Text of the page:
For more than a hundred years and for over three generations, Atelier Midavaine has been spreading the art of lacquerware throughout the world. Bears, panthers, fish, birds, and Chinese-inspired motifs come to life under the expert hands of a team of talented lacquerers. These stunning designs are the creations of a woman and a passionate heiress: Anne Midavaine. Signatures Singulières Magazine takes you to discover this house of unmatched know-how.
Above: Anne Midavaine in front of her workshop on rue des Acacias in the 17th district of Paris.
Upon his return from the Great War and after being declared disabled, Louis Midavaine, the grandfather, opened his first lacquer workshop in Paris, rue Pergolèse. Using three “broken heads”, he decorated objects sold for the benefit of the Red Cross. Later, in 1930, he moved his workshop to a few hundred meters from the Arc de Triomphe, rue des Acacias, where it is still located. Throughout the century, the workshop has seen the birth of works more spectacular than the others.
One of the most emblematic pieces of the lacquer workshop: is the screens with polar bears. Altogether, twelve examples are listed. In addition, one model is part of the collections of the Museum of Modern Art in the City of Paris. As a precursory, visionary, and artist, Louis Midavaine is the only one in the world of lacquerers to be interested in these mammals. And yet, this theme ensures the success of his workshop. He received orders to decorate the first-class cabins of the mythical liner Normandie, then those of the Pasteur. As well as the residence of the last Vietnamese emperor Bao Daï, on the French Riviera.
Tigers, panthers, fish, exotic birds… Following the bears, other animals enriched the palette of the lacquerer and dressed panels, sideboards, and screens. With his bestiary and his know-how, he seduced the rich clientele of the 30s in love with luxury.
In 1944, at the age of 14, Jacques Midavaine, Louis’ son, joined the workshop to learn the profession before taking over the company in 1969. At that time, the fortunes of the 1930s were giving way to the emergence of a middle class. Like his father, Jacques was able to meet the expectations of the time. During the great era of television furniture, the workshop produced one piece per week. He also opened up to the American market. Dozens of coffee tables, cabinets, and decorative panels were sent across the Atlantic.
Until the 1990s, the workshop was in full swing. But in 1994, in the middle of the crisis, Jacques Midavaine died. His daughter Anne, a dental surgeon at the time, left her job to join the family business. After her father’s death, Anne Midavaine began to relaunch the business and won contracts with exceptional companies. In this workshop, which has been the beating heart of her family for three generations, Anne Midavaine manages – with a masterful hand! – and creates. “I received from my parents the spirit of entrepreneurship” she confides to Signatures Singulières Magazine. Every day, she imagines and renews creative proposals to be copied and never equaled.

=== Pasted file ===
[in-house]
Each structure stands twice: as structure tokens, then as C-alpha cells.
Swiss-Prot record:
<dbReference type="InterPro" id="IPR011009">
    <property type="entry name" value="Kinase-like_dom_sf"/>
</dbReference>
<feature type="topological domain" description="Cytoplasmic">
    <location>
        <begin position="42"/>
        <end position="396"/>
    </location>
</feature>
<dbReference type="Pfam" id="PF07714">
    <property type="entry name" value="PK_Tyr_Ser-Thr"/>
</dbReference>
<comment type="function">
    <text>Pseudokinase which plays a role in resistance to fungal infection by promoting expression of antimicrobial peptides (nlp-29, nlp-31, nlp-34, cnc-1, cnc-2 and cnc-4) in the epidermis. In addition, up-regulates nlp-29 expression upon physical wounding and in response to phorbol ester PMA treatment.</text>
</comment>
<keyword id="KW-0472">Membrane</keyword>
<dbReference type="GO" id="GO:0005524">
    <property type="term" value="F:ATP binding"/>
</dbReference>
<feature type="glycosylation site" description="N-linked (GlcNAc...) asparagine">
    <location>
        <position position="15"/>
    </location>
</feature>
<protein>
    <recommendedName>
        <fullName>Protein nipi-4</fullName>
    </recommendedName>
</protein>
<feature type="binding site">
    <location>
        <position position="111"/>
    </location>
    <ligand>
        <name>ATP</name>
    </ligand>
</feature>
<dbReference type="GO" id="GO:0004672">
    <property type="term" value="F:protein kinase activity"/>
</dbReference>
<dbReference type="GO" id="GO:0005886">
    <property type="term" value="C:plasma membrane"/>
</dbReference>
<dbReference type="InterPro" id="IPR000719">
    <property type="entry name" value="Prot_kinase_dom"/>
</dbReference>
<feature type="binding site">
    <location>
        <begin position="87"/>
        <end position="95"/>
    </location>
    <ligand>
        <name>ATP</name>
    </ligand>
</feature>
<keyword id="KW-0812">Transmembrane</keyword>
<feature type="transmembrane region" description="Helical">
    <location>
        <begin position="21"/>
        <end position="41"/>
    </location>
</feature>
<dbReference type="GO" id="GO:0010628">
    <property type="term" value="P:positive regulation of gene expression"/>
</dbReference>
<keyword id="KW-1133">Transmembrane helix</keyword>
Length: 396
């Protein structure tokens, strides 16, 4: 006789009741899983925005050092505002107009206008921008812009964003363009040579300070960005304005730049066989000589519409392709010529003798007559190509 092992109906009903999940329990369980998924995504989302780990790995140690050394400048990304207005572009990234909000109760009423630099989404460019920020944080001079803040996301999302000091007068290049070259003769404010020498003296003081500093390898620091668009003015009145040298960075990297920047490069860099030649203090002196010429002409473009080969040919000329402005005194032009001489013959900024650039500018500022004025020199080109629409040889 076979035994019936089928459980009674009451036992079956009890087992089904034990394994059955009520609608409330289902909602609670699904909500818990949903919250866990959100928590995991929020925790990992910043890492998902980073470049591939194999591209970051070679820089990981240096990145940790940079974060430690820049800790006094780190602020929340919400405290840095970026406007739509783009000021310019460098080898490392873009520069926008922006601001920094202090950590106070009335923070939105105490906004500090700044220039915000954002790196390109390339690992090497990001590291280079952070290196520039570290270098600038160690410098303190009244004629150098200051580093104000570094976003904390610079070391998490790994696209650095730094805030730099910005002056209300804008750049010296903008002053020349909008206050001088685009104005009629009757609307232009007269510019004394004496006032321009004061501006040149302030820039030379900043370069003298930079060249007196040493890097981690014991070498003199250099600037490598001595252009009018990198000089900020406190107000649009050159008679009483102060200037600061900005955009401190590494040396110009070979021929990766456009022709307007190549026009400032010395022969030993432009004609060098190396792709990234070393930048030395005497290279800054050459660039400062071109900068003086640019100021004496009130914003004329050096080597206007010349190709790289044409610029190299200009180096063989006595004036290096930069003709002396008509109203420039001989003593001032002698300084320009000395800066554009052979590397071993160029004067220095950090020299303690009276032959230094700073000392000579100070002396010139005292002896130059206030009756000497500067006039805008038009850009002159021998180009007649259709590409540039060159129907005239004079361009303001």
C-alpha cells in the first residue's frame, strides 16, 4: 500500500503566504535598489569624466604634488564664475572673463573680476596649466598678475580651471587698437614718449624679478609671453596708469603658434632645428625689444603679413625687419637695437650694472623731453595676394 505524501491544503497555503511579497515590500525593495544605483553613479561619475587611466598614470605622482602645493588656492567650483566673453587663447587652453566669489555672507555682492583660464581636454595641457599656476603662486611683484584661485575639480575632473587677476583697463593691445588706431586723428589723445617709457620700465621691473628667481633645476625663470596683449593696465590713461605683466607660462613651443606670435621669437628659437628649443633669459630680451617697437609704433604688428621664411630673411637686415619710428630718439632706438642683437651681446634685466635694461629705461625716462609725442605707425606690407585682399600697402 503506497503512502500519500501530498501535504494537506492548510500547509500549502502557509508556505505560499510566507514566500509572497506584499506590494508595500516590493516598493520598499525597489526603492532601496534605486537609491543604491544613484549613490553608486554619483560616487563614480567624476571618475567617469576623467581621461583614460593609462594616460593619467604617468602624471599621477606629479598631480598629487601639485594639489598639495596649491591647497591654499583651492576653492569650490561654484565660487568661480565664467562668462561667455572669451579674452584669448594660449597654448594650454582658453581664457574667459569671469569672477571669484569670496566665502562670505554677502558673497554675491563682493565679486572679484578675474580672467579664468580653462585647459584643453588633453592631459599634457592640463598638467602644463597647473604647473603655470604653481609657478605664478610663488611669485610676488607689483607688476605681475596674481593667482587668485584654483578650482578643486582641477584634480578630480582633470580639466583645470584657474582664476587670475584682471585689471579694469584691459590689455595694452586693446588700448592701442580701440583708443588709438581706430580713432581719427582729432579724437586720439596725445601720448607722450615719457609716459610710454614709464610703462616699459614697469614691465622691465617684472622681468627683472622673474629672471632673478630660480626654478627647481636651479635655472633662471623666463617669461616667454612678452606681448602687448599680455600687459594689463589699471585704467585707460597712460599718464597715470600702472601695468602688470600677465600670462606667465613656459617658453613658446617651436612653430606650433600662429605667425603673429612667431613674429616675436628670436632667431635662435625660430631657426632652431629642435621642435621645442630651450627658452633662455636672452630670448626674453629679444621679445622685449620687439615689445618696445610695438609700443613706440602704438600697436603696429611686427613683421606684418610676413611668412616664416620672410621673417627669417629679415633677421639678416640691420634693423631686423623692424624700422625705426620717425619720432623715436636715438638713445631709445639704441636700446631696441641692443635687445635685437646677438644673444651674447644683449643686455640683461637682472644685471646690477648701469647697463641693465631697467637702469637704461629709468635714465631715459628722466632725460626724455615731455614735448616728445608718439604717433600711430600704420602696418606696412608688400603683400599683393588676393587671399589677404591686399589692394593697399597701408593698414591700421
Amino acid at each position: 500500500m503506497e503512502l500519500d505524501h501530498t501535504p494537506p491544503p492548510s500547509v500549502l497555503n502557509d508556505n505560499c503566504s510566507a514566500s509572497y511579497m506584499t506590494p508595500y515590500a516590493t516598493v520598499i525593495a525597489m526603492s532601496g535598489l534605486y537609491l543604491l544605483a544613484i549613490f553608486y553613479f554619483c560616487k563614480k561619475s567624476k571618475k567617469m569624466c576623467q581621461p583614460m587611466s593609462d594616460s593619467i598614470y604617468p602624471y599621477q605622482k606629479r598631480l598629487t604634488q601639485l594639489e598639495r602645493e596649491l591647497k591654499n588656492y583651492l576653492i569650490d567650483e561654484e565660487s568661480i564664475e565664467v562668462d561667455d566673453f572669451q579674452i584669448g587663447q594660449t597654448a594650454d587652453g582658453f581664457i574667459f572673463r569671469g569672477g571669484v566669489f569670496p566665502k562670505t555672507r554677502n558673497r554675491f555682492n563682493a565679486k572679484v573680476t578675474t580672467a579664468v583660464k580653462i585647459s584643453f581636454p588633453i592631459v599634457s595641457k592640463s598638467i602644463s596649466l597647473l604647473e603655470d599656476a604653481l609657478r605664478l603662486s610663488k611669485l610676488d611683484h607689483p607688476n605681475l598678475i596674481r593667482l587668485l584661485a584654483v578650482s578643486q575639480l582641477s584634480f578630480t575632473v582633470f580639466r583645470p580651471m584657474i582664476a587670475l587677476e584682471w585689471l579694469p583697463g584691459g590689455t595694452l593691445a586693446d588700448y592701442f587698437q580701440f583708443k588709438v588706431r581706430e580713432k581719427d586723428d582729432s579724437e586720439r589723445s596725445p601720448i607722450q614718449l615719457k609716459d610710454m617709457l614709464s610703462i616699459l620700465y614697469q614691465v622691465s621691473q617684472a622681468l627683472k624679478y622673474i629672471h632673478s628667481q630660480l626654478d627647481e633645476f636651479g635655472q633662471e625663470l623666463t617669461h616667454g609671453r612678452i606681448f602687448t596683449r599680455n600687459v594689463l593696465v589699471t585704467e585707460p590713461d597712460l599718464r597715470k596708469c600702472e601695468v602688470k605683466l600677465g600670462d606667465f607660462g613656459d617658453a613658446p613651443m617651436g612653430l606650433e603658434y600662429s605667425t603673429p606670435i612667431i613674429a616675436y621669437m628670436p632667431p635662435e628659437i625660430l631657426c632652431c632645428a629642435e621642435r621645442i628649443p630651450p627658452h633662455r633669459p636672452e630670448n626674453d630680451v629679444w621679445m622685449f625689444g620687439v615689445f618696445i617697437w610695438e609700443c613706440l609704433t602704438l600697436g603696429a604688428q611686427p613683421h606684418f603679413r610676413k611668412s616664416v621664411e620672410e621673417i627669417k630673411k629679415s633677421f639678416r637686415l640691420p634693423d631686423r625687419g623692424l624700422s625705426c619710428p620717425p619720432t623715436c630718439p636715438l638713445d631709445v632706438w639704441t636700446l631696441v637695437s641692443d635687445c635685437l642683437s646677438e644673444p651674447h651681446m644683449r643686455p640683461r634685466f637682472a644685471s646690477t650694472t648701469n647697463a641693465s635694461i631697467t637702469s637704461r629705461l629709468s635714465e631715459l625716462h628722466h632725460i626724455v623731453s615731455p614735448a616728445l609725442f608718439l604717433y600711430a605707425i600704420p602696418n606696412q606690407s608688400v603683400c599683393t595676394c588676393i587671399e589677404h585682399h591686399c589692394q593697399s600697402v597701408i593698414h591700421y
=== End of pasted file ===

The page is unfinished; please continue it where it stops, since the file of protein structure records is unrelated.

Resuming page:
A true conductor of the workshop, Anne Midavaine interacts directly with the decorators to define the direction of the work ordered. At the beginning of her career, Christian Gallion opened the doors to Chanel, who was setting up a jewelry boutique on Place Vendôme. Other great decorators such as Alberto Pinto, Pierre-Yves Rochon, and Juan Pablo Molyneux are the new clients of the Anne Midavaine Paris workshop and bring the House’s lacquer decorations into apartments in France and abroad. The majestic animal representations seduce. While some motifs have a contemporary approach, others are part of a renewed Chinese or Japanese style. A French signature that hits the mark with customers in the Middle East, but also in Asia and Russia.
Unique pieces are made for individuals, but also for beautiful houses like Cartier (met at the first edition of the Revelations show) with whom the Anne Midavaine workshop has collaborated for several years. In 2019, the famous jeweler commissioned the Anne Midavaine Paris art studio to create a lacquer, mother-of-pearl, and gold panel for its Copenhagen boutique. Since then, she has designed majestic panthers for the brand’s boutiques all over the world, including Changdu, Tokyo, Sydney, Singapore, New York, and Dubai.
Coming from China and Japan, lacquer arrived in France in the 18th century. Since then, its technique has continued to evolve and improve. The vegetable resin has been replaced by cellulose lacquers – the specificity of the Midavaine Paris workshop -, polyurethane, and water-soluble. A perfectly mastered technique, so well that today Asians call upon Western art craftsmen to make lacquer decorations. Lacquering is a demanding and multi-faceted profession in which one must master drawing to perfection. The lacquerer must also know how to apply the coating – and know the secrets of the rabbit skin glue with which it is made – and make decorations in gold leaf and powder, silver, mother of pearl, and eggshell. In her workshop, Anne Midavaine has chosen to rely on the hands of highly qualified artists trained by the Boulles and Olivier de Serres schools to create her unique pieces. To create a lacquer decoration, you need talent, but also a lot of work. And the work pays off! In 2005, the Anne Midavaine workshop was awarded the Entreprise du Patrimoine Vivant (Living Heritage Company) label. A work praised by Signatures Singulières Magazine.
Atelier Midavaine Paris
54 rue des Acacias
Tél.: +33 (0)1 43 80 68 94